Vladimir Mayakovsky

By: Tor Aarestad
July 19, 2012

To His Beloved Self The Author Dedicates These Lines
“But where can a man
like me bury his head?
Where is there shelter for me?
…The gold of all the Californias
will never satisfy the rapacious horde of my lusts.
…I shall go by,
dragging my burden of love.
In what delirious
and ailing night,
was I sired by Goliaths —
I, so large,
so unwanted?”

The intensely charismatic, physically imposing, talented VLADIMIR MAYAKOVSKY (1893-1930) spent most of his life as a poet, filmmaker, performance artist, and propagandist in an artistic collective with the married couple Osip and Lili Brik — the former his publisher and confidant, the latter his collaborator, muse, and sometime lover. (Lili: “For two and a half years I didn’t have a moment’s peace. I understood right away that Volodya was a genius, but I didn’t like him.”) He was a futurist who claimed that “After electricity, I lost all interest in nature,” and a criminal who stole and distributed guns, among other things. Sent to prison as a teen, he read voraciously; he didn’t think much of Russia’s classic literature: “The last book — Anna Karenina. Didn’t finish it… Still don’t know what happened to those Karenins.” Though he had studied art, Mayakovsky accepted a dare from the avant-garde intellectual David Burliuk to become a poet. So he traveled, declaimed his poetry, gave revolutionary speeches, put down hecklers, and relied on his “lethal and incessant cleverness” — according to Pasternak — to win over the mostly uneducated crowds. He was a Chuck D or Kurt Cobain of his time, a master of wordplay and rhythmic verse who used vulgar imagery, common vocabulary, and neologisms to create a new style. (Why? “It’s hopeless to shove the bursting thunder of the Revolution into a four-stress amphibrach, devised for its gentle sound!”) His infatuation with all things modern didn’t last, though: In America in the 1920s, he found New York claustrophobic and malevolent: plus, “the filth is worse than in Minsk. It is extremely dirty in Minsk.” Though he remained a socialist, he refused to join the Communist Party after the Revolution; he shot himself in 1930.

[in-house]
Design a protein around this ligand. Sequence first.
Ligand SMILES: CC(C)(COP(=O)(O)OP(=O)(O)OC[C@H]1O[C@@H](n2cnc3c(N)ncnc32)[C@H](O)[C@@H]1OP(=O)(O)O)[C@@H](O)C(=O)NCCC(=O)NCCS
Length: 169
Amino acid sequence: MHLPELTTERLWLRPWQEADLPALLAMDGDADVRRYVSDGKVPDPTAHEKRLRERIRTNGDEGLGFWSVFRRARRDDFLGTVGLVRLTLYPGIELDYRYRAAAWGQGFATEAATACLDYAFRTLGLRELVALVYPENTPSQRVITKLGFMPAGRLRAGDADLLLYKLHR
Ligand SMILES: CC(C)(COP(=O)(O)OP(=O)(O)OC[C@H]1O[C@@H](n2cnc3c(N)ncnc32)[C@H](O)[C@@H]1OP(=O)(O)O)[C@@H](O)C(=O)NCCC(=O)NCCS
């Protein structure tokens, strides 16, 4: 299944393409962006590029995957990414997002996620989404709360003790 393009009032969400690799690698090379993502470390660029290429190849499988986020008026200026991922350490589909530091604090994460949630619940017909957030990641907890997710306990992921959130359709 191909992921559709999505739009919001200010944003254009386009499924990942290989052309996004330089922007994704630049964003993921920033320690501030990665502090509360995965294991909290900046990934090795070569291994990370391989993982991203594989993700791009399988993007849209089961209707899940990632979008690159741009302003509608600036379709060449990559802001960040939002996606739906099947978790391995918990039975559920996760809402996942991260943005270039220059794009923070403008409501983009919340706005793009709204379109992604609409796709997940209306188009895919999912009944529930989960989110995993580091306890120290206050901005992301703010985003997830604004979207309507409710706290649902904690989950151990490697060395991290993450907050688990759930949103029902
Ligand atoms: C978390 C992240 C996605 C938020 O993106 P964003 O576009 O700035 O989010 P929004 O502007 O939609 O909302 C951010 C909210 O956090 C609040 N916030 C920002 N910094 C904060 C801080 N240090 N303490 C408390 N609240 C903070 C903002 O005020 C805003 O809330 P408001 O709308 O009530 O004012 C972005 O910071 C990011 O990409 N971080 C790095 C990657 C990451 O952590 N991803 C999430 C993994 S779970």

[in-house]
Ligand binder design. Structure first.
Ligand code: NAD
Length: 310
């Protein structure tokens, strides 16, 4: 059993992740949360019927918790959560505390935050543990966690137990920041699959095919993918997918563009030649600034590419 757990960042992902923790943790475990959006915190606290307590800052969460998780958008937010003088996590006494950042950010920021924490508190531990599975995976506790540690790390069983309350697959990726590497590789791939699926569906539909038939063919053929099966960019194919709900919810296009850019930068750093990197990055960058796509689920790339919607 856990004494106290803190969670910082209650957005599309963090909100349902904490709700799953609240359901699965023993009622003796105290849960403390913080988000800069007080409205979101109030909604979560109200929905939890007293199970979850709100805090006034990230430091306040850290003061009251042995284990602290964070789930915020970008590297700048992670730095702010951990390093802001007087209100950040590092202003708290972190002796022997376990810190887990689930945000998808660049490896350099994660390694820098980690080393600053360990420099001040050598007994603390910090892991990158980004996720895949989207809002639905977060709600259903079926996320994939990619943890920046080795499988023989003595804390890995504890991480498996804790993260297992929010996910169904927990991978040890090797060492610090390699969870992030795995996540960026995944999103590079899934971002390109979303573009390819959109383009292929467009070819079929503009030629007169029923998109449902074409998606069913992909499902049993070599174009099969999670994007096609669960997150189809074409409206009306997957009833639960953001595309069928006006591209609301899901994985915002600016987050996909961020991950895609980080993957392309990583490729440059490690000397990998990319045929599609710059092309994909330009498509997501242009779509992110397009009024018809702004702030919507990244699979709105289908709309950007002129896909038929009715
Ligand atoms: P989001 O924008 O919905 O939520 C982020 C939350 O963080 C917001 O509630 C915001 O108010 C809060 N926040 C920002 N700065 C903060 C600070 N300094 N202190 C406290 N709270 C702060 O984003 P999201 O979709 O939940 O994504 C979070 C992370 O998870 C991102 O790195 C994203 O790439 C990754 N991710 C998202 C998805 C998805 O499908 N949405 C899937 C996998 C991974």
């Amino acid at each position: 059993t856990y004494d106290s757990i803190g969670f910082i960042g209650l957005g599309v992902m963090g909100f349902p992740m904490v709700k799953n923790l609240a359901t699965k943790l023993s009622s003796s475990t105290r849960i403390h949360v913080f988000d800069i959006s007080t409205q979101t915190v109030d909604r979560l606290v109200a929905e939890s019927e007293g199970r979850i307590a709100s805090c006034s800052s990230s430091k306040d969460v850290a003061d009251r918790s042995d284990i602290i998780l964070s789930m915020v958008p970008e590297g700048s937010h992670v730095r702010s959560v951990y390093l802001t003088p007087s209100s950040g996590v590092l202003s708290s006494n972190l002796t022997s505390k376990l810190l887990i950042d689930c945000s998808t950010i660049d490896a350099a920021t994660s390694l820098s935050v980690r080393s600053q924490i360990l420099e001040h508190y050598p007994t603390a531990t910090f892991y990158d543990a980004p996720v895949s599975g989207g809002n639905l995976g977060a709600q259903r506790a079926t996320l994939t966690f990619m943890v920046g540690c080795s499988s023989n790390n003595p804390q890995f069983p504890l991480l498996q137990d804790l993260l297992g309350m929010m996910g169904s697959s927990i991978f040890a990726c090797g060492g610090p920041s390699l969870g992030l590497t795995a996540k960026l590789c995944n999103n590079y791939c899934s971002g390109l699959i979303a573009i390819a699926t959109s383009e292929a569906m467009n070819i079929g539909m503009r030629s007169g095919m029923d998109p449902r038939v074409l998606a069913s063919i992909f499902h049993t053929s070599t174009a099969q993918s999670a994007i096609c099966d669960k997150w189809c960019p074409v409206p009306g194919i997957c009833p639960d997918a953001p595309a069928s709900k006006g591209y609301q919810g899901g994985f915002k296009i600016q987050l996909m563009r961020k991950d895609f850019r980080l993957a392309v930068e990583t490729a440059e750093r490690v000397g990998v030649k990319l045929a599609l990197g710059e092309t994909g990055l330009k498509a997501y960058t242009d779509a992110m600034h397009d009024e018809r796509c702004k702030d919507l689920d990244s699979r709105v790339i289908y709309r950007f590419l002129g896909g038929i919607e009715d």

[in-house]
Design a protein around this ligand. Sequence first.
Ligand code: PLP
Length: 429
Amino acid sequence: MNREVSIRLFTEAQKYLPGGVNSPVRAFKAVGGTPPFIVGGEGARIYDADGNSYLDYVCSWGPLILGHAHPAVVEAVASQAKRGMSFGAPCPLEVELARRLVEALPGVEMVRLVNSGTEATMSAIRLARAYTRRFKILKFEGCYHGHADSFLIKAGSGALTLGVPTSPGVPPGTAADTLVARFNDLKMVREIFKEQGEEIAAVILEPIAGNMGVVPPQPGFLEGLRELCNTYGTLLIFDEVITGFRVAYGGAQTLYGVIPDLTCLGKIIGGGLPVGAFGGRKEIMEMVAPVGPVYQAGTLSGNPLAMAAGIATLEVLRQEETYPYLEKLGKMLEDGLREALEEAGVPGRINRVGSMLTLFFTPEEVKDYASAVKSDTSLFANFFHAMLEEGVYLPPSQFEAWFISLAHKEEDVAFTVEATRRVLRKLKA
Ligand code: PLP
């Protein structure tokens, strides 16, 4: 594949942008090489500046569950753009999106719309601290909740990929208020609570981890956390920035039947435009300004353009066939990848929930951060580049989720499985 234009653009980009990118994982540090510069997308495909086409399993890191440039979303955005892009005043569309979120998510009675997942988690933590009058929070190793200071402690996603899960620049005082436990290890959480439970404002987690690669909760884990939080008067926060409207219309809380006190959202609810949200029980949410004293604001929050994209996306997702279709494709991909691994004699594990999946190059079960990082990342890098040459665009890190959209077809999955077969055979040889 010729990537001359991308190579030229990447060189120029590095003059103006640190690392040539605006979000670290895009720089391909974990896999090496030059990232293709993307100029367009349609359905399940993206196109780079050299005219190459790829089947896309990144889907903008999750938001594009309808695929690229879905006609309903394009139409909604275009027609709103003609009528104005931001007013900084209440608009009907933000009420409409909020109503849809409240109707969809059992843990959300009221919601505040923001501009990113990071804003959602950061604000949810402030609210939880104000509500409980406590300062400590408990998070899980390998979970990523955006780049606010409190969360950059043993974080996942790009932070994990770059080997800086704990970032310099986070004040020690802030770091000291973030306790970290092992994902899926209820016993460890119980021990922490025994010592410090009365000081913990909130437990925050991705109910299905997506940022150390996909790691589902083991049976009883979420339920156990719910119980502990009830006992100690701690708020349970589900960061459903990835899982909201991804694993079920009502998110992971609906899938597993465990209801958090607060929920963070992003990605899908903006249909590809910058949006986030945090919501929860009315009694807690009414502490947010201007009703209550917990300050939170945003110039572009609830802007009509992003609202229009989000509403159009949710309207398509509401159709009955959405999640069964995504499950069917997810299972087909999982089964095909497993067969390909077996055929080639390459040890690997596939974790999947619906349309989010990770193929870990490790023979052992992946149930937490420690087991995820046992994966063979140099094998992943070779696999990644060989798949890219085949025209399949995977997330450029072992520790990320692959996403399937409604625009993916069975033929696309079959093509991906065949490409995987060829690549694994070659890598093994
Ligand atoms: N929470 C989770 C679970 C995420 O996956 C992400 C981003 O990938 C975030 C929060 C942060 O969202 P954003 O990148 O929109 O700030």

On his or her birthday, HiLobrow irregularly pays tribute to one of our high-, low-, no-, or hilobrow heroes. Also born this date: Max Fleischer and Chester Himes.

READ MORE about men and women born on the cusp between the Modernist (1884–93) and Hardboiled (1894-1903) Generations.


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